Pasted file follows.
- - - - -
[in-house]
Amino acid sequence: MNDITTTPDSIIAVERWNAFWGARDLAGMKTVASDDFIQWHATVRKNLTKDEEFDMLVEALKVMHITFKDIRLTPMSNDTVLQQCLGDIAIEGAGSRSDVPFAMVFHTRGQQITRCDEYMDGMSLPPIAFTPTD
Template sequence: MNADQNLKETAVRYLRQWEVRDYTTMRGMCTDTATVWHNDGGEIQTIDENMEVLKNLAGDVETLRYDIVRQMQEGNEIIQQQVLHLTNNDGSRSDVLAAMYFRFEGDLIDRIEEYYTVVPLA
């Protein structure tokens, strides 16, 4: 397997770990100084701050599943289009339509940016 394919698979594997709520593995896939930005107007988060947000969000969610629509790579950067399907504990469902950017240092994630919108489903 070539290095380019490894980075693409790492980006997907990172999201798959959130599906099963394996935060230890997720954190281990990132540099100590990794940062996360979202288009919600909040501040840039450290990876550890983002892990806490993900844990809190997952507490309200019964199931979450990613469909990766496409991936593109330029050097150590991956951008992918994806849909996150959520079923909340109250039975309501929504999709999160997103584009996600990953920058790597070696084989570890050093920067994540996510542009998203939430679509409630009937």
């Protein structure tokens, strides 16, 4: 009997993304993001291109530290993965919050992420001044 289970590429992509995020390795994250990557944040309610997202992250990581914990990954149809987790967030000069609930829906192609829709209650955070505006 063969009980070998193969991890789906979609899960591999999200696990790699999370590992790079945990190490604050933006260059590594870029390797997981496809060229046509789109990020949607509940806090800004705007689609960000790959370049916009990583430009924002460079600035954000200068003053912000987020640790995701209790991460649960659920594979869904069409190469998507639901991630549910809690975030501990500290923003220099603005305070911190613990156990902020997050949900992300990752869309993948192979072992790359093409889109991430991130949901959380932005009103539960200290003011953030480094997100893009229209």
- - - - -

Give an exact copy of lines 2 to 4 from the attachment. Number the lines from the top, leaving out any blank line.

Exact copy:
Amino acid sequence: MNDITTTPDSIIAVERWNAFWGARDLAGMKTVASDDFIQWHATVRKNLTKDEEFDMLVEALKVMHITFKDIRLTPMSNDTVLQQCLGDIAIEGAGSRSDVPFAMVFHTRGQQITRCDEYMDGMSLPPIAFTPTD
Template sequence: MNADQNLKETAVRYLRQWEVRDYTTMRGMCTDTATVWHNDGGEIQTIDENMEVLKNLAGDVETLRYDIVRQMQEGNEIIQQQVLHLTNNDGSRSDVLAAMYFRFEGDLIDRIEEYYTVVPLA
């Protein structure tokens, strides 16, 4: 397997770990100084701050599943289009339509940016 394919698979594997709520593995896939930005107007988060947000969000969610629509790579950067399907504990469902950017240092994630919108489903 070539290095380019490894980075693409790492980006997907990172999201798959959130599906099963394996935060230890997720954190281990990132540099100590990794940062996360979202288009919600909040501040840039450290990876550890983002892990806490993900844990809190997952507490309200019964199931979450990613469909990766496409991936593109330029050097150590991956951008992918994806849909996150959520079923909340109250039975309501929504999709999160997103584009996600990953920058790597070696084989570890050093920067994540996510542009998203939430679509409630009937």